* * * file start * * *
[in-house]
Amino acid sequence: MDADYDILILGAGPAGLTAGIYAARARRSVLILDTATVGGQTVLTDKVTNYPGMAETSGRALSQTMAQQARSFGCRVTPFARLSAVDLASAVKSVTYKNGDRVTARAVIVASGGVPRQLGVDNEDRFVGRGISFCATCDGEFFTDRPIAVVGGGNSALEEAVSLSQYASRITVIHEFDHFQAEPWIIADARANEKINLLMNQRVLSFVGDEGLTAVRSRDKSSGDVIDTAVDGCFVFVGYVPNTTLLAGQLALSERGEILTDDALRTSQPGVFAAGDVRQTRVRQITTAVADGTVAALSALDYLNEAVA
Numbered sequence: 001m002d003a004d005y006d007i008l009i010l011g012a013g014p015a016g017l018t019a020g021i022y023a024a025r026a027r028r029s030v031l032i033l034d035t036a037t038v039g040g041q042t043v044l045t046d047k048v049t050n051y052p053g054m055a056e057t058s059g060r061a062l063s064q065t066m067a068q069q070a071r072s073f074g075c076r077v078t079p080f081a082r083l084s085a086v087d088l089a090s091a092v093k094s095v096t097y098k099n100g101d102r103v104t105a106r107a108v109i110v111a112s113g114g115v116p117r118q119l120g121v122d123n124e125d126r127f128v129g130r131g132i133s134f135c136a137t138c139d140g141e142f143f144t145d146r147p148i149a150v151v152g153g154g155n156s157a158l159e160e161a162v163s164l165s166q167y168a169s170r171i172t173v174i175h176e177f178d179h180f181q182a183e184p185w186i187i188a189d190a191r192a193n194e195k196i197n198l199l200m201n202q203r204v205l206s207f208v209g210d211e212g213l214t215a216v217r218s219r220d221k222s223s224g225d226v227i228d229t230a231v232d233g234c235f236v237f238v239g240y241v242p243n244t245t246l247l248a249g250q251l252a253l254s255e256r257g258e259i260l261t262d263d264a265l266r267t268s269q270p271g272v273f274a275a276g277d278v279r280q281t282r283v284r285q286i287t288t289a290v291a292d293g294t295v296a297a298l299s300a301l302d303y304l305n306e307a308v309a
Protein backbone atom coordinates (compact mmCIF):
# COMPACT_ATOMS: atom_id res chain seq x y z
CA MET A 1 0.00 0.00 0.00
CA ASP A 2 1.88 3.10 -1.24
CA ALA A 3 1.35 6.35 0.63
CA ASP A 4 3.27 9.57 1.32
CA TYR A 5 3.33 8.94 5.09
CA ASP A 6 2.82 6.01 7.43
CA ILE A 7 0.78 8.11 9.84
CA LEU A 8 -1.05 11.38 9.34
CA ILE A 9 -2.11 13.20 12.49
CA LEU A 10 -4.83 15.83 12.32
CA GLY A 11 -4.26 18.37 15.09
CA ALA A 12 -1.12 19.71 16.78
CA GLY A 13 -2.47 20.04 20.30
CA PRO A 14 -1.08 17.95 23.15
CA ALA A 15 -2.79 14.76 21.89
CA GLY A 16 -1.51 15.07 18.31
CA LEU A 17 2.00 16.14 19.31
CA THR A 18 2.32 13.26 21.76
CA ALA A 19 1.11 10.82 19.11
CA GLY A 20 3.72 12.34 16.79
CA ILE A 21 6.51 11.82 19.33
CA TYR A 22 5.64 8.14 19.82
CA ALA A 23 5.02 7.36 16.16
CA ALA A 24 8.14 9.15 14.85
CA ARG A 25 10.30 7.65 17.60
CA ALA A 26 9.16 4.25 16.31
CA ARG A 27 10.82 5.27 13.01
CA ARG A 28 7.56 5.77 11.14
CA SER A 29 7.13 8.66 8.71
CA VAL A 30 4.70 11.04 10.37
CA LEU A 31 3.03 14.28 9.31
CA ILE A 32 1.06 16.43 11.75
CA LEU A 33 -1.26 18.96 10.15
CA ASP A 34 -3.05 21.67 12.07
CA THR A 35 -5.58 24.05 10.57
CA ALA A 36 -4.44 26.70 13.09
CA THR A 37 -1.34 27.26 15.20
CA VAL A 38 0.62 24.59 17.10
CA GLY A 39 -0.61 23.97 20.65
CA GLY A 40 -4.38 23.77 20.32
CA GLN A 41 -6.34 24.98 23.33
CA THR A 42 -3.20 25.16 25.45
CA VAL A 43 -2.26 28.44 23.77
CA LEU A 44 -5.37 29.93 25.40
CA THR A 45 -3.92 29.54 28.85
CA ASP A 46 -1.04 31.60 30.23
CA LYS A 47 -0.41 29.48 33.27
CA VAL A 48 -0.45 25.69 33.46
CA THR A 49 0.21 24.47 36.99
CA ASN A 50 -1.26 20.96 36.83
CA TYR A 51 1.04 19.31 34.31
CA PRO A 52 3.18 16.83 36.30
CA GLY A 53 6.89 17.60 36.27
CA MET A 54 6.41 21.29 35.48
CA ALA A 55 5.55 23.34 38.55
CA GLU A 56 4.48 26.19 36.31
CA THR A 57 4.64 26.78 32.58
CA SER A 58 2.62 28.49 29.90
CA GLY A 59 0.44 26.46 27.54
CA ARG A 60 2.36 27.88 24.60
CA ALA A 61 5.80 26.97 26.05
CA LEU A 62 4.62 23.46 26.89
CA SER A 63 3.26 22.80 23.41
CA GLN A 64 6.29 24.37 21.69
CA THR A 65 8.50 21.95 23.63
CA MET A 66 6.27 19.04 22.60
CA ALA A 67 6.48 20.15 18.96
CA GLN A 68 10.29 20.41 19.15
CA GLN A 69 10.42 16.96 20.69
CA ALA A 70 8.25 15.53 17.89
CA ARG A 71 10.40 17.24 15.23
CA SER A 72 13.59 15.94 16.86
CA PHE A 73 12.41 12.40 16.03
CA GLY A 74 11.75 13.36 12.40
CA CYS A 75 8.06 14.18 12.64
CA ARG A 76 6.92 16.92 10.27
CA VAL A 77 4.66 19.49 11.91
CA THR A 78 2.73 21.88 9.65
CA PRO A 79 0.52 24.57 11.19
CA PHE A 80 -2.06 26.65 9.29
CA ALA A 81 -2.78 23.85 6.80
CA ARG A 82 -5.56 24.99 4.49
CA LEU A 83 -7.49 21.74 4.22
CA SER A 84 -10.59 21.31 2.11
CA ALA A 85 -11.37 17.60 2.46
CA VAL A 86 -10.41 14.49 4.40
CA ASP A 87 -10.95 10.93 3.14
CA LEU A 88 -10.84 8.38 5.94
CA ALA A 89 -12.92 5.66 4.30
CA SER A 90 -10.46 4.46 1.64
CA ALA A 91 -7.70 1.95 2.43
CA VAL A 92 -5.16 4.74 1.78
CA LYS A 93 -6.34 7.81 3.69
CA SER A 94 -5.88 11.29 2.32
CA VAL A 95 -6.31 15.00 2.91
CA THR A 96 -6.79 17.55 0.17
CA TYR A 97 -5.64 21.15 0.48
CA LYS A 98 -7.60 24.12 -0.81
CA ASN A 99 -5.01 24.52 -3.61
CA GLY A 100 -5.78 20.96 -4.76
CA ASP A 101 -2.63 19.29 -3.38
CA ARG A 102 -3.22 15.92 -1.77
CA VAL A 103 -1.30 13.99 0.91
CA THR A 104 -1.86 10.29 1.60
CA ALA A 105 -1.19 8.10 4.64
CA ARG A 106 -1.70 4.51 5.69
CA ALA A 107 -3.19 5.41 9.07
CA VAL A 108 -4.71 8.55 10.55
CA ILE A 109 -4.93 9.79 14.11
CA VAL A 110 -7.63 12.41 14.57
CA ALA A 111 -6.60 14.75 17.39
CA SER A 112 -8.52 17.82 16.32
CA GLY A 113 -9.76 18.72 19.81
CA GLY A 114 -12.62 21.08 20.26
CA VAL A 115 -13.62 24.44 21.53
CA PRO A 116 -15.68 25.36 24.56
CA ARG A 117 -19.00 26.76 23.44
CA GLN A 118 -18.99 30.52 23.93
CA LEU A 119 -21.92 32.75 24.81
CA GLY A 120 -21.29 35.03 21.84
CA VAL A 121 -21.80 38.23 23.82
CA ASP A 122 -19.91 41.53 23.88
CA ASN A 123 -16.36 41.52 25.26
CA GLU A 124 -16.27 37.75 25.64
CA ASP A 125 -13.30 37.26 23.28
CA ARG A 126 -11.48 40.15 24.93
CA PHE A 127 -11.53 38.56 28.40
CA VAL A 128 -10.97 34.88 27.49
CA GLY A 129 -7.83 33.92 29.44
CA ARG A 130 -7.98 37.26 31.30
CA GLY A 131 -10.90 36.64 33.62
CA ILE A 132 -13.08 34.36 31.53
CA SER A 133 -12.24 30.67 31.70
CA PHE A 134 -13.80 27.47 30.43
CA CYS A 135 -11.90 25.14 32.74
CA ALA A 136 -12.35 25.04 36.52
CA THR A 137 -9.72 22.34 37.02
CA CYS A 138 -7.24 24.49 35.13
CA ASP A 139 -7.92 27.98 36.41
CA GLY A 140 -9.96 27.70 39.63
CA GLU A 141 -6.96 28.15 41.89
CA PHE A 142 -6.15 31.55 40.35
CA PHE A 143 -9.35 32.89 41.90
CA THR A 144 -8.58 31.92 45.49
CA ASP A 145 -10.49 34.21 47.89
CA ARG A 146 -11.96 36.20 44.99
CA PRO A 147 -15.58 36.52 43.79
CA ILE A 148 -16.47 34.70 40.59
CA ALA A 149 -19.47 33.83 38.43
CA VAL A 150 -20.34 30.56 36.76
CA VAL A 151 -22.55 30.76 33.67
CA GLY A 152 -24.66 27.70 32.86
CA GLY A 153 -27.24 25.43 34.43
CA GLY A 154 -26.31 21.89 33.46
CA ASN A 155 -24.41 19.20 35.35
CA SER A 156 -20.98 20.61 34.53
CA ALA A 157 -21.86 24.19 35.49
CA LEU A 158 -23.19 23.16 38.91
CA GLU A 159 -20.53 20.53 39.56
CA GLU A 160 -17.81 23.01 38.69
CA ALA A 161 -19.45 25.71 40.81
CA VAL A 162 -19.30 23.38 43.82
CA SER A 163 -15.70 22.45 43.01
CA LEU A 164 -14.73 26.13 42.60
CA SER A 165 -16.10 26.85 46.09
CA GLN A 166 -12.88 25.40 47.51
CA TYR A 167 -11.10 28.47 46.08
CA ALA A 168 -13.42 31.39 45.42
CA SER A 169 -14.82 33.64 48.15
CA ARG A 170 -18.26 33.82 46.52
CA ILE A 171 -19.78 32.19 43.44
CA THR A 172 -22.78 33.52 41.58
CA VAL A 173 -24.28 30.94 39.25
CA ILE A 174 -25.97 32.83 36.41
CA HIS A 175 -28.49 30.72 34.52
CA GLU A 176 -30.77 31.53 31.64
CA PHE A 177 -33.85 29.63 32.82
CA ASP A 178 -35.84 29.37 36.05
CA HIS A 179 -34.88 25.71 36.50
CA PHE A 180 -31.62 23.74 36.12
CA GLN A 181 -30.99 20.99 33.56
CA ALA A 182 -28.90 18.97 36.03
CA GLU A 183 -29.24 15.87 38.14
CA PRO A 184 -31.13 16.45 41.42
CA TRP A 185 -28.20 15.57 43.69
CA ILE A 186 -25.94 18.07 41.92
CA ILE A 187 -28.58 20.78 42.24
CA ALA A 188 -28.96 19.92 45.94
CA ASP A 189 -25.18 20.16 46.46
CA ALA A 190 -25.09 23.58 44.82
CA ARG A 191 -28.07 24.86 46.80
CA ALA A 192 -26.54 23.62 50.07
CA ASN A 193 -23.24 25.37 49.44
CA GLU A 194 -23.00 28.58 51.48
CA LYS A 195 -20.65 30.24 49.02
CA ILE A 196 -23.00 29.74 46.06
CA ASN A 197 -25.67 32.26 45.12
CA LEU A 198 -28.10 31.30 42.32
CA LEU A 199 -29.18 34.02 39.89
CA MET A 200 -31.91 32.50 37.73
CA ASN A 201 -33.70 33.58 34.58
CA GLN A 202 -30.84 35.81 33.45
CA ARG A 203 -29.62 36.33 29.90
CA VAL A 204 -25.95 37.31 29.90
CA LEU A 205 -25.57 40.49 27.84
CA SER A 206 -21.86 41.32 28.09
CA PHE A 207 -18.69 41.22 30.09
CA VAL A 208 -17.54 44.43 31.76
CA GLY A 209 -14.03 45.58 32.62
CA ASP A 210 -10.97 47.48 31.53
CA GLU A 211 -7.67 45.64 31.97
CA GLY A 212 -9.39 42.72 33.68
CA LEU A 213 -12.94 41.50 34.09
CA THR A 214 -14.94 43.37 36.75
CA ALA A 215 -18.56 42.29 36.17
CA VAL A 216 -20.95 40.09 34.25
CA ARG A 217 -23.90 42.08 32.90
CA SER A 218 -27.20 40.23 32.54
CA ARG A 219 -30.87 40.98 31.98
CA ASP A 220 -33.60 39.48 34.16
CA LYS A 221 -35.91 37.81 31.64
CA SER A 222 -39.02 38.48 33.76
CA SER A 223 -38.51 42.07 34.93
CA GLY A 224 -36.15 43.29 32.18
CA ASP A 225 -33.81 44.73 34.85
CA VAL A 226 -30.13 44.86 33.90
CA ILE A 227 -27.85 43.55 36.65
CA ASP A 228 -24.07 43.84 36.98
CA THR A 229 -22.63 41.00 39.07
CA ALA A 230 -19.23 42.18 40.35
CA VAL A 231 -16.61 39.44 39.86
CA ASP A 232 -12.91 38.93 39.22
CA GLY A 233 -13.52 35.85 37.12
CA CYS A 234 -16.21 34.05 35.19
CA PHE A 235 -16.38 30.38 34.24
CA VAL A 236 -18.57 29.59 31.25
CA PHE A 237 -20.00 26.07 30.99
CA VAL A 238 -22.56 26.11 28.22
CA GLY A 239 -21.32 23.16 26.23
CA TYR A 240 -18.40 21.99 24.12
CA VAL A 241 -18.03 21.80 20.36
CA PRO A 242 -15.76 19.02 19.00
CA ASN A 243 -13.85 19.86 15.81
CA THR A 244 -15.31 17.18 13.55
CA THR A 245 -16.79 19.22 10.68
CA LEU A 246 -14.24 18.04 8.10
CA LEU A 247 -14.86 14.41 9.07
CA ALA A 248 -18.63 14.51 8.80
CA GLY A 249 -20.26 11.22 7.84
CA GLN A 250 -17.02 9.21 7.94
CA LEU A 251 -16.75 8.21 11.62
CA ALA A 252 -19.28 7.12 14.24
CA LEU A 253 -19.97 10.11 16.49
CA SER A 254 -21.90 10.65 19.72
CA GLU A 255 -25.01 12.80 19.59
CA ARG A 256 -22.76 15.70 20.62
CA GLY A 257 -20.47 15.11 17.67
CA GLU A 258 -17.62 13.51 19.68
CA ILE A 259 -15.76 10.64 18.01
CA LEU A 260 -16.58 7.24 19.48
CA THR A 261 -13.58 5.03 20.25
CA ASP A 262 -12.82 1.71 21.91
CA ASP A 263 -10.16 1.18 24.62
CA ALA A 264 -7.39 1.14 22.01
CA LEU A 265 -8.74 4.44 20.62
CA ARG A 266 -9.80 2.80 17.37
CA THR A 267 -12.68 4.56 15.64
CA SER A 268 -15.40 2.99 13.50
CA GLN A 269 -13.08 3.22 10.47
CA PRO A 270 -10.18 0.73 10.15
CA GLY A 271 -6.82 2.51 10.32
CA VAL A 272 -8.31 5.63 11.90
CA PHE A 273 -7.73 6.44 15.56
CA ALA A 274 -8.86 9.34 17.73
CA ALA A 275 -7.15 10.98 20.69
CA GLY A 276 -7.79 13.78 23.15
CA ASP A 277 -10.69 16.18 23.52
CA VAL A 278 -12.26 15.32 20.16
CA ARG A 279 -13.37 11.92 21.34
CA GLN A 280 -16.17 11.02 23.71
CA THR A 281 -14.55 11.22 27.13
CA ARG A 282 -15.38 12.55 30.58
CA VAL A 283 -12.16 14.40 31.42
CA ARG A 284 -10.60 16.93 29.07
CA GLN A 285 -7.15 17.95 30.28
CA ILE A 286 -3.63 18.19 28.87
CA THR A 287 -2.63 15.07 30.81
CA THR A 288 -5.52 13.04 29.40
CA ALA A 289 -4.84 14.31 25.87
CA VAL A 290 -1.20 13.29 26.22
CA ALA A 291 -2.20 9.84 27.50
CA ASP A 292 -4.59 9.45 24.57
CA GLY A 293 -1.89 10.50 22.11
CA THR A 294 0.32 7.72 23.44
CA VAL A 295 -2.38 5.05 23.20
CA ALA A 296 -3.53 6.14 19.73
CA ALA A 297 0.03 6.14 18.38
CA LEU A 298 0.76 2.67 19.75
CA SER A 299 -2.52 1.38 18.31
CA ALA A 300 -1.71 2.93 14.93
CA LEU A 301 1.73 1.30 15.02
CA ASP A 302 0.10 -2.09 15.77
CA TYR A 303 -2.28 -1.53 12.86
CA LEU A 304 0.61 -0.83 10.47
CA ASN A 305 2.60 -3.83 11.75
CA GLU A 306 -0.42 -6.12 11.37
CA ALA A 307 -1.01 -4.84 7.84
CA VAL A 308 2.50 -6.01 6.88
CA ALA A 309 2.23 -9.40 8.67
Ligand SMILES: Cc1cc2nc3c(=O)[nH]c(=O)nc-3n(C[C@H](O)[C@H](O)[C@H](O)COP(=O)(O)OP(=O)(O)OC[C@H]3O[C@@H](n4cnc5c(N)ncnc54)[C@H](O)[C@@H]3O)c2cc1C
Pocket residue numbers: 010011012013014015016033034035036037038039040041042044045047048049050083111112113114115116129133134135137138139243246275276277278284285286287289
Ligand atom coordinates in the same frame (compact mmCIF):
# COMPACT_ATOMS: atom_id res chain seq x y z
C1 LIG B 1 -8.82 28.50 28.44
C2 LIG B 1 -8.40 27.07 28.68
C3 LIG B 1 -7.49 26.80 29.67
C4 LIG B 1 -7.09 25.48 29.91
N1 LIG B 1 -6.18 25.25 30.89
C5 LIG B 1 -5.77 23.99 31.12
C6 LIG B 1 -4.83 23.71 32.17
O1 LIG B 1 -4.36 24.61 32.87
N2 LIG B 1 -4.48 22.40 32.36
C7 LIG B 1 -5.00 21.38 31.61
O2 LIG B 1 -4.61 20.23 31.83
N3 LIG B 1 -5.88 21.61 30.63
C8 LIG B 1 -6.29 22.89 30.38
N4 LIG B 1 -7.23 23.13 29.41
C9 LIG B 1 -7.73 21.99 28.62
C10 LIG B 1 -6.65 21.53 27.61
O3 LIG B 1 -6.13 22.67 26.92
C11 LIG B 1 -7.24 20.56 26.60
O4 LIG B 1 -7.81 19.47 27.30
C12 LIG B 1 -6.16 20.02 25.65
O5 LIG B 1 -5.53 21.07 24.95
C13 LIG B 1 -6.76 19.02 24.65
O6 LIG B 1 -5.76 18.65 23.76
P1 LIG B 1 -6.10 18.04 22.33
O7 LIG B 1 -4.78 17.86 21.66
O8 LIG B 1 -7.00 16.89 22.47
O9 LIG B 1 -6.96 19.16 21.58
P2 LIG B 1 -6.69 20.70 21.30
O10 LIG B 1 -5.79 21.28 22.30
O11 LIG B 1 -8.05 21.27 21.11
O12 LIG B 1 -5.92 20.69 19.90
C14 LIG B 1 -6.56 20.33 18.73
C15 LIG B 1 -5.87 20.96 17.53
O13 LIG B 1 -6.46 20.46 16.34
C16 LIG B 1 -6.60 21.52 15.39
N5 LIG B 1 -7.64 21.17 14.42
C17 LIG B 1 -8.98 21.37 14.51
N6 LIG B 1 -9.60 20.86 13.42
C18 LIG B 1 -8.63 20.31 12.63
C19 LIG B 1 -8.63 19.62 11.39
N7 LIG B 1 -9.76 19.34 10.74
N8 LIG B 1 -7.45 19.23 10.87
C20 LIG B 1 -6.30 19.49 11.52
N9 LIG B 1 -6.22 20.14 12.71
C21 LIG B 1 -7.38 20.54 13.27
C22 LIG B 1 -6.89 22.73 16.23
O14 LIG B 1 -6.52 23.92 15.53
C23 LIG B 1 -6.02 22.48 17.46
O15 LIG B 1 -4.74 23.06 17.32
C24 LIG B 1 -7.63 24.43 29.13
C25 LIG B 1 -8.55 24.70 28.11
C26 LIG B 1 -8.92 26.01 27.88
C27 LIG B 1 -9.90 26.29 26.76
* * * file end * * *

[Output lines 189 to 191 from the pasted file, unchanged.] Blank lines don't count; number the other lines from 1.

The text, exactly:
CA PRO A 184 -31.13 16.45 41.42
CA TRP A 185 -28.20 15.57 43.69
CA ILE A 186 -25.94 18.07 41.92